“France is one of the most attractive places in the world right now.”
You’d expect Cedric O, the French junior minister for digital affairs, to cheer for France. After all, the man has a two-metre neon sculpture of a red rooster — the emblem of the French tech ecosystem — sitting just outside his office door, and delivers Twitter kudos daily to homegrown startups like Mirakl, Voodoo and Alan.
What’s new is France’s strategy to rise to the top as Europe’s tech capital by building not just on its strengths — but also on other's weaknesses: places like London, bogged down by Brexit.
France is putting in the work to grab the opportunities brought about by Brexit and persisting US-China trade wars, especially in attracting tech talent and some of the world’s best entrepreneurs.
After years of pumping money into startups and making tax reforms in the hope of spawning unicorns, France is now focusing its digital strategy on catching up with rival tech hubs it expects will be weakened, including London.
Taking on London
“There’s more international talent coming to France, as well as more French talent coming back, including from the US,” O tells Sifted in an exclusive interview. “The next step is making France a real international hub, as London was able to do before.”
“Brexit is a huge opportunity for us, for immigration reasons, to become the new international hub,” says O. France has already overhauled its tech visa to make it easy for startups to employ foreign talent — and O hopes that plenty of Brexit-weary Brits will take advantage of this. “We are rolling out the red carpet for UK talent.”
O argues the stars are aligned for Paris to overtake London as a global hub for international tech talent, but also as the European capital for fintechs. (At the moment, Paris is home to 1,200 fintechs according to Dealroom data, and London to three times as many.)
The financial sector is one where we can take advantage of Brexit.
“The financial sector is one where we can take advantage of Brexit,” says O. “We see the pace of fintech growth in France accelerating. The French quality of life and the quality of Paris as a finance hub are factors.”
Emmanuel Macron’s government is betting that the world’s current leading tech hubs — London but to some extent also Silicon Valley — are likely to drop the ball because of local or regional challenges. That includes London feeling political turbulence from Brexit.
France is getting ready to pick up on the opportunities other countries will miss. With London out of the EU, that includes turning Paris’ Euronext stock exchange into the go-to for tech stock market IPOs from all over Europe, says O.
“Building French tech has been a trans-partisan priority for over 10 years, and we’re reaping the fruits now,” says O — and the government continues to plunge billions into building up its tech ecosystem. “There are a few things we have to unlock still, but the underlying trend is really good. There are no deal-breaker obstacles.”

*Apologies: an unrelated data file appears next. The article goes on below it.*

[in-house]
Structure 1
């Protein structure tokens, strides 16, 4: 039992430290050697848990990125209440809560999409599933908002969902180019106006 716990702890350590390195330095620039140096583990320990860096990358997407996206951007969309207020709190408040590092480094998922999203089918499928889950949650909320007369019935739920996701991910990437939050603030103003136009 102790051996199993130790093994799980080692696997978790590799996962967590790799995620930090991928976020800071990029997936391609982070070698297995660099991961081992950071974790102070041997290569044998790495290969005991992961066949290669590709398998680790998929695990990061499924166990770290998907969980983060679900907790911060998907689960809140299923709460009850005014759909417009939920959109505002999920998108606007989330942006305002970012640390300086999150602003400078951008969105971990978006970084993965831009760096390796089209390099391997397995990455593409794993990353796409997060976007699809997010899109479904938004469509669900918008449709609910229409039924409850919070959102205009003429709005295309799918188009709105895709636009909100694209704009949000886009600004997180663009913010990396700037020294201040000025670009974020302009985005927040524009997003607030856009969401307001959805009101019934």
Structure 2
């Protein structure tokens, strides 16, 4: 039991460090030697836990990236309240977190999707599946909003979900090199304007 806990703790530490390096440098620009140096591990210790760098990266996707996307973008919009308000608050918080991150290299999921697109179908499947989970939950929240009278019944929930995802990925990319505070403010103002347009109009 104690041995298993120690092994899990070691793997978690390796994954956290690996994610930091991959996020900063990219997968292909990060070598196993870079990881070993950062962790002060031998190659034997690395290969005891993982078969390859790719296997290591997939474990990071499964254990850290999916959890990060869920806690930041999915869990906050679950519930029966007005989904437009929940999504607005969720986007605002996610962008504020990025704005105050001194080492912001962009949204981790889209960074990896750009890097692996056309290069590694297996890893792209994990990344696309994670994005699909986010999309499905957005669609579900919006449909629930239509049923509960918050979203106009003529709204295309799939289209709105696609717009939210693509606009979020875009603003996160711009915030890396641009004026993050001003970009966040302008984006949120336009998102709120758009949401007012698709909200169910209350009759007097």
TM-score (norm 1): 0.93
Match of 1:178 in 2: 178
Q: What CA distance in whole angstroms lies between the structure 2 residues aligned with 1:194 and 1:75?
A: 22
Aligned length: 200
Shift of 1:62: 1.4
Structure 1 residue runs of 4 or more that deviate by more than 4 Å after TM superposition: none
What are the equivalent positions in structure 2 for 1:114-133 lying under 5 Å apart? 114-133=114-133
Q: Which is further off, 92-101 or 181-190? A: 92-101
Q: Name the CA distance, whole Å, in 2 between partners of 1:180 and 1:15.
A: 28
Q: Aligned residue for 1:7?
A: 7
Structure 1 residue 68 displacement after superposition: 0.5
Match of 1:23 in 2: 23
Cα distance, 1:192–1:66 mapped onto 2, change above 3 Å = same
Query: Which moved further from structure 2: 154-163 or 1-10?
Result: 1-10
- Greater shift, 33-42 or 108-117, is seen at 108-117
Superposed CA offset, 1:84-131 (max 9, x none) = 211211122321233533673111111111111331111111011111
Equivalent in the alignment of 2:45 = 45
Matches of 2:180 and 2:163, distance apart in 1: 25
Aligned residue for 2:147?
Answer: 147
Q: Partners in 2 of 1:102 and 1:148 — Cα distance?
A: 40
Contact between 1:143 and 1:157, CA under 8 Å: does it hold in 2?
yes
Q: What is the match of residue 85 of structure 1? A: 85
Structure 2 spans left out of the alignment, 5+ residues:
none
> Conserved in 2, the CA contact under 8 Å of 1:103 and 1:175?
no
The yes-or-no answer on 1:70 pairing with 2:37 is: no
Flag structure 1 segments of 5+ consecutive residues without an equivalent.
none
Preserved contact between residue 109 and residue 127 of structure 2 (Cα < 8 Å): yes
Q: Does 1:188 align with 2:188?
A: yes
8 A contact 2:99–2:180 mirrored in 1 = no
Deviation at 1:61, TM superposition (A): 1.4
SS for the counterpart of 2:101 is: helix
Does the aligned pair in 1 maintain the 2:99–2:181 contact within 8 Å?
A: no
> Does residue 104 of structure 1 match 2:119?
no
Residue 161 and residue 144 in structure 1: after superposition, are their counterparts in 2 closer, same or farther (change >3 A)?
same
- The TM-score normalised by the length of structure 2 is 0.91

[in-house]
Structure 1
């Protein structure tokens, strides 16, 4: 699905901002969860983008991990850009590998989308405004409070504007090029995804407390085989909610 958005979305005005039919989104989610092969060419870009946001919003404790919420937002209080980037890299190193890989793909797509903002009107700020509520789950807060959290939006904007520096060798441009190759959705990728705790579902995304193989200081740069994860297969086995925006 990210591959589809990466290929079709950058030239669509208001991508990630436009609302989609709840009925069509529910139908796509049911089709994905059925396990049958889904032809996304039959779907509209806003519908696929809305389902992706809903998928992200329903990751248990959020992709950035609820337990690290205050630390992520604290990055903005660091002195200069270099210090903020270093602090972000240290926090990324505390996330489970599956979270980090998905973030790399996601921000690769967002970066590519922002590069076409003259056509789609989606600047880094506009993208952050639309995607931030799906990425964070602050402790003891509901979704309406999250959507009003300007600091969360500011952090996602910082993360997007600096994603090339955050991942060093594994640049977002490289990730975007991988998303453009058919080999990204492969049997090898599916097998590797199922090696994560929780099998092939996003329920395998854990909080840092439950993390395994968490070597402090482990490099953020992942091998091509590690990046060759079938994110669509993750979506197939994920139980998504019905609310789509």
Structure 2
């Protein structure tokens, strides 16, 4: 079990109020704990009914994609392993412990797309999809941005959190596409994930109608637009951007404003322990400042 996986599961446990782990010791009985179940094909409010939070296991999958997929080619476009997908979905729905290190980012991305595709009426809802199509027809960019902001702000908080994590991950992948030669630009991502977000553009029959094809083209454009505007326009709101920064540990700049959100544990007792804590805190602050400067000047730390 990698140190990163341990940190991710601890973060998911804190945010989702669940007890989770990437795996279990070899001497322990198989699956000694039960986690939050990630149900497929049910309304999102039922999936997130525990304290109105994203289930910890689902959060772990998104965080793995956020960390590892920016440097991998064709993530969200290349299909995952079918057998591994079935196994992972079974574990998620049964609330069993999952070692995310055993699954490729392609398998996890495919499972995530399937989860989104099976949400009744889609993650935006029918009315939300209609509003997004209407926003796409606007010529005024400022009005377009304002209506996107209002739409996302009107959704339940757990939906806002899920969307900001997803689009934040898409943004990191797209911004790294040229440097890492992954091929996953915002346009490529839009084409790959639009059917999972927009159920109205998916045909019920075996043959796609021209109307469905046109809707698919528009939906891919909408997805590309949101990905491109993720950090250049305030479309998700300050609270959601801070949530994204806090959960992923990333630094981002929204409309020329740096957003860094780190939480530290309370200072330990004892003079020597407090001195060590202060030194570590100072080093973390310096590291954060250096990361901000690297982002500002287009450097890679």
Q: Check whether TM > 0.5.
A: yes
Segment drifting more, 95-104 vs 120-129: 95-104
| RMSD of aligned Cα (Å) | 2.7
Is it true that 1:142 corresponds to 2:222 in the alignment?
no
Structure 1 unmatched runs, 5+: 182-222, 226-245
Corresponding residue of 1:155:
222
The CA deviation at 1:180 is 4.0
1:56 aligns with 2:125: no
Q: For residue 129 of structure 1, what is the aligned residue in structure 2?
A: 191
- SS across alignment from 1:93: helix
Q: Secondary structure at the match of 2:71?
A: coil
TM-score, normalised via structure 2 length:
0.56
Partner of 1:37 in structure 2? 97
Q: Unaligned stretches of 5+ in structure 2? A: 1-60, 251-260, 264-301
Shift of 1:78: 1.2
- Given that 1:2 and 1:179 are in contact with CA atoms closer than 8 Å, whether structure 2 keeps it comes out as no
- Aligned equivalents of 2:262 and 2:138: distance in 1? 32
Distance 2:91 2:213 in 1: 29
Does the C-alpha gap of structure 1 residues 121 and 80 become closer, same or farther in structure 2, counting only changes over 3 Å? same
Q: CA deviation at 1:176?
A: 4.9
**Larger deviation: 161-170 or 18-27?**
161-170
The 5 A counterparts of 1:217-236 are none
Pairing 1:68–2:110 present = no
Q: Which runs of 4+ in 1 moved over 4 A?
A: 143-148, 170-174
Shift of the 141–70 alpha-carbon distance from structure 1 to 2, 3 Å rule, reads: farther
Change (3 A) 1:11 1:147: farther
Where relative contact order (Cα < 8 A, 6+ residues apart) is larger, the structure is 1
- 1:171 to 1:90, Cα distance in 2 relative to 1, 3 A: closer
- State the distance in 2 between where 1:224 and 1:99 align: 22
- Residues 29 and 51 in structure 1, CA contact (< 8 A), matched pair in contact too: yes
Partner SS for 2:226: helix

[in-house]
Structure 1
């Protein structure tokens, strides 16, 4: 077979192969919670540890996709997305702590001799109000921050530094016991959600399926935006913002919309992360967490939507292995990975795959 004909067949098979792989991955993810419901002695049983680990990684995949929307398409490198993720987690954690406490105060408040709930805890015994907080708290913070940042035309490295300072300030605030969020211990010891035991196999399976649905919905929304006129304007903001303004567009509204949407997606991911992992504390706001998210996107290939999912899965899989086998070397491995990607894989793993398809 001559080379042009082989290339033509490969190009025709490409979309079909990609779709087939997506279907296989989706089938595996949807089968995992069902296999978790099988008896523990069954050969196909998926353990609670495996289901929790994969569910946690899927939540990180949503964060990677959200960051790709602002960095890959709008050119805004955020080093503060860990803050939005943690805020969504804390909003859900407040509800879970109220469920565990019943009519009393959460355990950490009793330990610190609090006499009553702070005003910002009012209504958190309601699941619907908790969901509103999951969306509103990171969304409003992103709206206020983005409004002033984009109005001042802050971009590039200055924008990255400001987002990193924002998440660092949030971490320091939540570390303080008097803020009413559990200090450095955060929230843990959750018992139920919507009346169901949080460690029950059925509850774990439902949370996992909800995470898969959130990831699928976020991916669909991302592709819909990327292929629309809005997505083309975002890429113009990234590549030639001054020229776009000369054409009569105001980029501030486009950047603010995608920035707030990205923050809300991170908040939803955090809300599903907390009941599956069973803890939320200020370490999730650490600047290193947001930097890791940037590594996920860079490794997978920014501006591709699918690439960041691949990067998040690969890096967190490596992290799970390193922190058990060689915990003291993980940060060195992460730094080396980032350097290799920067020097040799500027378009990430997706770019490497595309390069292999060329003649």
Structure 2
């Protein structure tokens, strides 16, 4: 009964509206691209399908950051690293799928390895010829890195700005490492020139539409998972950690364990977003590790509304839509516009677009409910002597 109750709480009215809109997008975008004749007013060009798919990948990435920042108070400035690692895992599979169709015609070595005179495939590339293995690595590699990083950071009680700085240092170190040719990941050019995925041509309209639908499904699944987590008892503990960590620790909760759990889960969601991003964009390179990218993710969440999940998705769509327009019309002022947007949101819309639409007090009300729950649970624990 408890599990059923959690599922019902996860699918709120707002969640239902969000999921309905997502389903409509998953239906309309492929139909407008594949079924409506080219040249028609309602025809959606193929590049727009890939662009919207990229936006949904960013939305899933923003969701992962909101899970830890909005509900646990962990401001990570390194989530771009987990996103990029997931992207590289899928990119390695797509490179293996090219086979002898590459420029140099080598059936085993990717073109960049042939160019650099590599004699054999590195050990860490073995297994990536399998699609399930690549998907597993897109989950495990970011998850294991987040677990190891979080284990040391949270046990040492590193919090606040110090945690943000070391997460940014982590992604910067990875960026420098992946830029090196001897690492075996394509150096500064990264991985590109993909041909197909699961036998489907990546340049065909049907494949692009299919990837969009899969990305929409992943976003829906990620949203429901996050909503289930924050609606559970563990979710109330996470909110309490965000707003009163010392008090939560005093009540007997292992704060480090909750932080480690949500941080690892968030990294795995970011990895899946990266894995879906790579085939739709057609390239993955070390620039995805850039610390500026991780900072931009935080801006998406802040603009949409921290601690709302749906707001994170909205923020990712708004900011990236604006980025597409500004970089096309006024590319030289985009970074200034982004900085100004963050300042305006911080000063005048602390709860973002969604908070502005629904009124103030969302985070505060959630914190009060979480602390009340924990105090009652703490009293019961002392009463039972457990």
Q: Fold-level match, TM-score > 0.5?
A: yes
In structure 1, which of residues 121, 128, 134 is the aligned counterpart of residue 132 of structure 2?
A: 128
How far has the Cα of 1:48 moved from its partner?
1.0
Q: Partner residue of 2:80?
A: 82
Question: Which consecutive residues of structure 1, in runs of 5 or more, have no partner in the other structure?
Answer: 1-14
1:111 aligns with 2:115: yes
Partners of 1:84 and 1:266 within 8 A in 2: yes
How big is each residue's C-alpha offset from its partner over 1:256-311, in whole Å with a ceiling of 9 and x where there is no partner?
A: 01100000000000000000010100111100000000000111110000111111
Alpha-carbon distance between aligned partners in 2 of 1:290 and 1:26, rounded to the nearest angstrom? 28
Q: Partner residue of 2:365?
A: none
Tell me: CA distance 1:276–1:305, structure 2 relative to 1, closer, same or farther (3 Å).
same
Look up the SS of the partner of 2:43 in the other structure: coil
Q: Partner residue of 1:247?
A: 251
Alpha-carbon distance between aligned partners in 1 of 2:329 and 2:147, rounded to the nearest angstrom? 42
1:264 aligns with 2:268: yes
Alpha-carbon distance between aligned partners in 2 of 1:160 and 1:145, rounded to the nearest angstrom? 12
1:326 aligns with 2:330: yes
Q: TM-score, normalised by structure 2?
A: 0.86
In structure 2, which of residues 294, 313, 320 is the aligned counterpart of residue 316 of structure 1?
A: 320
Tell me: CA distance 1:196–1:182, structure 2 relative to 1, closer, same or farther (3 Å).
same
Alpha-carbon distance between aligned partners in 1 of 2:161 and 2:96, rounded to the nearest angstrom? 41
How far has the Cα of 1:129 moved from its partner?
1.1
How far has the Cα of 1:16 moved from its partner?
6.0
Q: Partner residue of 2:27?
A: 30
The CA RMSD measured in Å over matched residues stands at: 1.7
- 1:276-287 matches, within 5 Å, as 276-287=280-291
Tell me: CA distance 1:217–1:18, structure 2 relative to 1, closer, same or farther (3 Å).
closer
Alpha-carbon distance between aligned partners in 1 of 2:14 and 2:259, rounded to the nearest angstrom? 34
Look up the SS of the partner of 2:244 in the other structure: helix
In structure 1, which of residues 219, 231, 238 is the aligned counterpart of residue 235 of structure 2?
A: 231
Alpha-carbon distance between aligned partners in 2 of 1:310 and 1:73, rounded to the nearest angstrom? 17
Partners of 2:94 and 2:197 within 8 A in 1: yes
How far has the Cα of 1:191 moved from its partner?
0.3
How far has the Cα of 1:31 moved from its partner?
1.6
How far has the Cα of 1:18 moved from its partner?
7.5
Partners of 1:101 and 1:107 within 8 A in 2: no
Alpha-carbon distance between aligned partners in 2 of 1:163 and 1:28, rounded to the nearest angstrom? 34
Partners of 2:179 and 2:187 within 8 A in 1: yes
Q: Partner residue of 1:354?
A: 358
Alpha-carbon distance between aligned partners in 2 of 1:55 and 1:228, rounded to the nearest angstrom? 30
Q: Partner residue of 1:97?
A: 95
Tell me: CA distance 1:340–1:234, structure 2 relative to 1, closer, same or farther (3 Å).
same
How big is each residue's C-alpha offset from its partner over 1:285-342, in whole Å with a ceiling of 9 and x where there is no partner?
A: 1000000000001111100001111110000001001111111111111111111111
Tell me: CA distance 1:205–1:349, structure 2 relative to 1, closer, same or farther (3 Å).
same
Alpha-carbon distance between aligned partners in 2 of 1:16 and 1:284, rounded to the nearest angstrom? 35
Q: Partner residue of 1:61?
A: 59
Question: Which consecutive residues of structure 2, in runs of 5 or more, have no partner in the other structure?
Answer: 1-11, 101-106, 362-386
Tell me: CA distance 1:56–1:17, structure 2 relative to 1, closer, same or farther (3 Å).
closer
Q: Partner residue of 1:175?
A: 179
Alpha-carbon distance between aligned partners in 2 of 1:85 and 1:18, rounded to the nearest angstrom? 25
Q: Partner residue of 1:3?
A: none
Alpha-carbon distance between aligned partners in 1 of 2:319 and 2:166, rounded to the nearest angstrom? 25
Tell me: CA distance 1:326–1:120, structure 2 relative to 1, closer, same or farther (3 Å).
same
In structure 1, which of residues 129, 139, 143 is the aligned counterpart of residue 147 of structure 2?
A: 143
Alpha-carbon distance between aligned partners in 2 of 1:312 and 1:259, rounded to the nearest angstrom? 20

UK’s trillion-dollar goal
But for all of France’s ambitions, it’s unlikely the UK will take things lying down.
Last month, Prime Minister Boris Johnson’s chief advisor, Dominic Cummings, was reported to be looking at ways for the UK to build tech companies worth no less than $1tn.
“Getting a trillion-dollar company, that’s not something you can just declare,” says O. “The number one factor for valuing a tech company is market size. The UK was taking advantage of the single market and it’s getting out of it.”
Not only has France been able to talk the talk, but it’s also walking the walk.
“Not only has France been able to talk the talk, but it’s also walking the walk,” says O. “We’ve done the reforms and we can offer stability.”
In September, France unveiled an economic stimulus package including a €7bn budget for digital. Earlier this year, the country also came out with one of Europe’s more generous bailout plans for startups amid Covid.
“The power of big tech in the US was built during the 2008 financial crisis,” says O. Now there’s Covid, and France wants “to use the stimulus package to build the French economy in the long term, to make it more competitive in two priority sectors: environment and digital.”
More specifically, artificial intelligence, quantum computing and biotech are among priority areas. After unveiling a plan about AI last year, Macron is getting ready to present a quantum computing investment strategy, possibly as soon as next week, more urgent Covid matters permitting.
“10 years ago French entrepreneurs went to the US to set up shop,” says O. “Now there’s a new generation of entrepreneurs: they want to be decacorns, build global companies, and they think they can do it in France.”